Obama's job summit challenge: creating jobs on a budget

President Obama's job summit this week brings together CEOs and economists to brainstorm on how to bring down the unemployment rate. The challenge: creating jobs while trying to control record deficits.

By , Staff writer

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    Volunteers help fill food bags at the All Saints Parish food pantry in southwest Detroit, Tuesday, Nov. 24. Food banks across the country report about a 30 percent increase in demand on average, but some have seen as much as a 150 percent jump in demand from 2008 through the middle of this year, according to Feeding America.
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President Obama is slogging through difficult terrain by holding a so-called "jobs summit" this week. More than 15 million Americans are looking for work, a record number in more than six decades of Labor Department tracking. But government efforts to create jobs will cost money at a time when federal budget is soaring into its own record territory.

Mr. Obama can't avoid either of these issues – the unemployment or the deficits.

Officially, the jobs forum is a chance for him to seek ideas and consensus from business leaders about what can boost hiring. But in the build-up to the meeting, it's become clear that the White House is also trying to figure out how to balance these challenges – how to create jobs on a budget.

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Most forecasters expect the economy to start adding jobs next year, but not at a strong enough pace to bring the unemployment rate down sharply from the current 10.2 percent. With that as a backdrop, Obama may support tax credits or other programs to designed to spur hiring. But he’ll also be watching the price tag, in part because polls show Americans to be worried about what rising federal deficits will mean for future prosperity and for their own pocketbooks.

The attendee list for Thursday's jobs forum includes the CEOs of Google, Comcast, Boeing, Disney, and FedEx, as well as labor leaders and prominent economists.

Some of the participants in the forum will urge Obama and Congress not to worry so much about deficits. Rather, they will argue, the government should spend to create jobs either indirectly through tax incentives that affect private employers, or directly by government spending on roads, green energy, or community service programs.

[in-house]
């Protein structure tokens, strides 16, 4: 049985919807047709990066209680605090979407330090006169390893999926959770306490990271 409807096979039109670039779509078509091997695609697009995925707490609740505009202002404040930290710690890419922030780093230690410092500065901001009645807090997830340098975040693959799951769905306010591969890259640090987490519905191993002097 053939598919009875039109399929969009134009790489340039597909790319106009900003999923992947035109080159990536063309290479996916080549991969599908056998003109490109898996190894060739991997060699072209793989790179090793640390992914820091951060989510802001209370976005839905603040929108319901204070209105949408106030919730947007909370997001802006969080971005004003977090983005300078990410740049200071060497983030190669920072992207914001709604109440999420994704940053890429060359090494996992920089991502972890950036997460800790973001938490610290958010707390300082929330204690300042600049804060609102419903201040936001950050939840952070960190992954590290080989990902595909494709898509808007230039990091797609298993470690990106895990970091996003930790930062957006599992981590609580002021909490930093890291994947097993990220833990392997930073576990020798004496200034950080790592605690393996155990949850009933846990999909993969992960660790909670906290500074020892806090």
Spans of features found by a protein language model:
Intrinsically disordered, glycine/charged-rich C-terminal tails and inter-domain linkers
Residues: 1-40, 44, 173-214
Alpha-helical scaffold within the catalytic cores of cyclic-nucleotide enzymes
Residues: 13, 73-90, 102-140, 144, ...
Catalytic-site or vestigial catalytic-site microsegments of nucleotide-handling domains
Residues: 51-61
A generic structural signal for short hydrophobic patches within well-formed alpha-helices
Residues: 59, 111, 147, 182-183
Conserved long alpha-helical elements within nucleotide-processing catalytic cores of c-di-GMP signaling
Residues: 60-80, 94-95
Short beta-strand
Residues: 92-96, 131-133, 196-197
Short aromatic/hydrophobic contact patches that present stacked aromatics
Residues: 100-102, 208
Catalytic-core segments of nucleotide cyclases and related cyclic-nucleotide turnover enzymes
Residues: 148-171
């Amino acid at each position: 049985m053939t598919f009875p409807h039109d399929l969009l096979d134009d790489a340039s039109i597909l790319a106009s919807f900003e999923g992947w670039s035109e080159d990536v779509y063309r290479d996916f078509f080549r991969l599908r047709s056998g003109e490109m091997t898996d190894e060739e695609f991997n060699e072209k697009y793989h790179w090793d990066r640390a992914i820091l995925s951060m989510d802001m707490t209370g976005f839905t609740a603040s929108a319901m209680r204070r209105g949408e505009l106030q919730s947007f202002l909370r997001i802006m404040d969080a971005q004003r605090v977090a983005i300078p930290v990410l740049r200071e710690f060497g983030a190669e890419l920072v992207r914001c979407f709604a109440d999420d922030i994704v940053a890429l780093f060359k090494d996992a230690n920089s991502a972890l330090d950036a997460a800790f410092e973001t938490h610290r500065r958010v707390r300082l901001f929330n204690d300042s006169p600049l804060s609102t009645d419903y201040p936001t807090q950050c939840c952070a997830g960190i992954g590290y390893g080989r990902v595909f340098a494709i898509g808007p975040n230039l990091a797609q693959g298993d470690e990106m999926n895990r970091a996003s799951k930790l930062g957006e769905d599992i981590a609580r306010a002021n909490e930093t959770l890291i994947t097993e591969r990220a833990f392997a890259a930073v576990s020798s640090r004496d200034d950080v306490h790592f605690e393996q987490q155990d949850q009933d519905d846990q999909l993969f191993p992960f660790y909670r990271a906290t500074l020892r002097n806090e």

Their reasoning: Unemployment has become much worse than the White House envisioned when it made the case early this year for a $787 stimulus program. The federal debt is a significant long-run problem, fueled more by healthcare programs than by temporary stimulus efforts. The Treasury's fiscal troubles could actually be made worse, they add, if policymakers fail to get the economy moving.

It's an argument right out of economics textbooks. When the economy is mired in a downturn, the last thing you want to do is focus on reducing budget deficits.

"That’s exactly what happened in 1937," says Scott Lilly, a finance expert at the Center for American Progress, a left-leaning think tank in Washington.

"We went right back into a second depression. That certainly didn’t do anything to restore fiscal balance."

Obama is also hearing a different view on deficits, though. As he toured China recently, he heard from leaders there who want assurance that America will be able to repay the loans China is making, in effect, with its purchases of US Treasury debt.

Some economic research suggests that government efforts to stimulate the economy will be less effective when the government is deeply and chronically in debt.

A research paper published last month, for example, finds that stimulus spending – such as to create jobs – has often done more harm than good in emerging-market nations where public debt equals 50 percent or more of the gross domestic product (GDP). The risk is that the nation will be spending money that it can't really afford to borrow – and that the prospect of higher taxes or a debt crisis will keep businesses from creating jobs.

Although the US is an economically advanced nation, the lesson could still apply, says Enrique Mendoza of the University of Maryland, one of the report's authors. During the recession, tax revenues have plunged even as government spending on stimulus has soared. These trends, coupled with war spending and fast-rising costs for Medicare and Medicaid, could push US public debt to rise from about 40 percent of GDP in 2008 to more than twice that amount during this decade.

This finding, included in a broader study about fiscal stimulus by Mr. Mendoza and co-authors Ethan Ilzetzki of the London School of Economics and Carlos Végh of the University of Maryland, helps explain Obama's bind. It may be prudent to try to bolster a weak job market now, but the public debt may no longer be an off-in-the-future type of problem.

See also:

Boomerang kids: recession sends more young adults back home

Does US need a second stimulus to create jobs?

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